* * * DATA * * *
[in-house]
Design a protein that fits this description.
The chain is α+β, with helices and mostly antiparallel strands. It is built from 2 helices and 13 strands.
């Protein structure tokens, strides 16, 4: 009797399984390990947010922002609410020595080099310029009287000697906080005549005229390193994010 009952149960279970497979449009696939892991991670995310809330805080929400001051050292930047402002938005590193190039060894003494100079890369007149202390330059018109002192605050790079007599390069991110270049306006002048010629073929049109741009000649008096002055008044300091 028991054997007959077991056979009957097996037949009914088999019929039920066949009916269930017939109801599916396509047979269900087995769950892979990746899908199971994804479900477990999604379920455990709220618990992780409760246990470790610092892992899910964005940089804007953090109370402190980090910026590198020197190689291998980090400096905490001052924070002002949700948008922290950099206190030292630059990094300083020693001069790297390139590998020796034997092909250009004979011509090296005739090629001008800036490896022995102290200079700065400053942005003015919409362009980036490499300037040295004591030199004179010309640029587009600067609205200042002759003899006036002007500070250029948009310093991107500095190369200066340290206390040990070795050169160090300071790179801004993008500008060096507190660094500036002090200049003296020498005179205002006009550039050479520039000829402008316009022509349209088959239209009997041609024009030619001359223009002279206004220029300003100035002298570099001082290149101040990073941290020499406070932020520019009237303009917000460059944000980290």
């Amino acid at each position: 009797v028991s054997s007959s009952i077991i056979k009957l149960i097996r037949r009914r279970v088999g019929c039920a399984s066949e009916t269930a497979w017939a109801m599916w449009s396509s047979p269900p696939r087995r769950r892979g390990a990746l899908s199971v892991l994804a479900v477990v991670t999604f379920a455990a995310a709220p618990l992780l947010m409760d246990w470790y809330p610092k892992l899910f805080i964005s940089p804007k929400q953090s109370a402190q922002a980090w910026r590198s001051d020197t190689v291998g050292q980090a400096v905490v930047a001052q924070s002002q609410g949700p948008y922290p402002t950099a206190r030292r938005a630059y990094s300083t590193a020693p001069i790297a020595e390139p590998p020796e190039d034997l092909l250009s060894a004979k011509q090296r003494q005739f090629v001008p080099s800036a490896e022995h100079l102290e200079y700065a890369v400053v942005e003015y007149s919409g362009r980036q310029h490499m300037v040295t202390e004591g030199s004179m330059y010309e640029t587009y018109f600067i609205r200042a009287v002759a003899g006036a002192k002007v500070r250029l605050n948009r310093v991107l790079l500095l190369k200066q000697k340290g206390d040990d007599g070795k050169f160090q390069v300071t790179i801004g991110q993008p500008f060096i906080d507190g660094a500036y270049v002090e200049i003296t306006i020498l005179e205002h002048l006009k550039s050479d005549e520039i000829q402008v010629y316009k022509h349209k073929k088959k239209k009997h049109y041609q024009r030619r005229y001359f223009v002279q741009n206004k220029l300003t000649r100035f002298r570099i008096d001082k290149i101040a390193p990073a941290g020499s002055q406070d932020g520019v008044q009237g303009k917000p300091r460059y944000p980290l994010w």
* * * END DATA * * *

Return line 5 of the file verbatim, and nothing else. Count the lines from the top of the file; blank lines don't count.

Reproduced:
């Amino acid at each position: 009797v028991s054997s007959s009952i077991i056979k009957l149960i097996r037949r009914r279970v088999g019929c039920a399984s066949e009916t269930a497979w017939a109801m599916w449009s396509s047979p269900p696939r087995r769950r892979g390990a990746l899908s199971v892991l994804a479900v477990v991670t999604f379920a455990a995310a709220p618990l992780l947010m409760d246990w470790y809330p610092k892992l899910f805080i964005s940089p804007k929400q953090s109370a402190q922002a980090w910026r590198s001051d020197t190689v291998g050292q980090a400096v905490v930047a001052q924070s002002q609410g949700p948008y922290p402002t950099a206190r030292r938005a630059y990094s300083t590193a020693p001069i790297a020595e390139p590998p020796e190039d034997l092909l250009s060894a004979k011509q090296r003494q005739f090629v001008p080099s800036a490896e022995h100079l102290e200079y700065a890369v400053v942005e003015y007149s919409g362009r980036q310029h490499m300037v040295t202390e004591g030199s004179m330059y010309e640029t587009y018109f600067i609205r200042a009287v002759a003899g006036a002192k002007v500070r250029l605050n948009r310093v991107l790079l500095l190369k200066q000697k340290g206390d040990d007599g070795k050169f160090q390069v300071t790179i801004g991110q993008p500008f060096i906080d507190g660094a500036y270049v002090e200049i003296t306006i020498l005179e205002h002048l006009k550039s050479d005549e520039i000829q402008v010629y316009k022509h349209k073929k088959k239209k009997h049109y041609q024009r030619r005229y001359f223009v002279q741009n206004k220029l300003t000649r100035f002298r570099i008096d001082k290149i101040a390193p990073a941290g020499s002055q406070d932020g520019v008044q009237g303009k917000p300091r460059y944000p980290l994010w």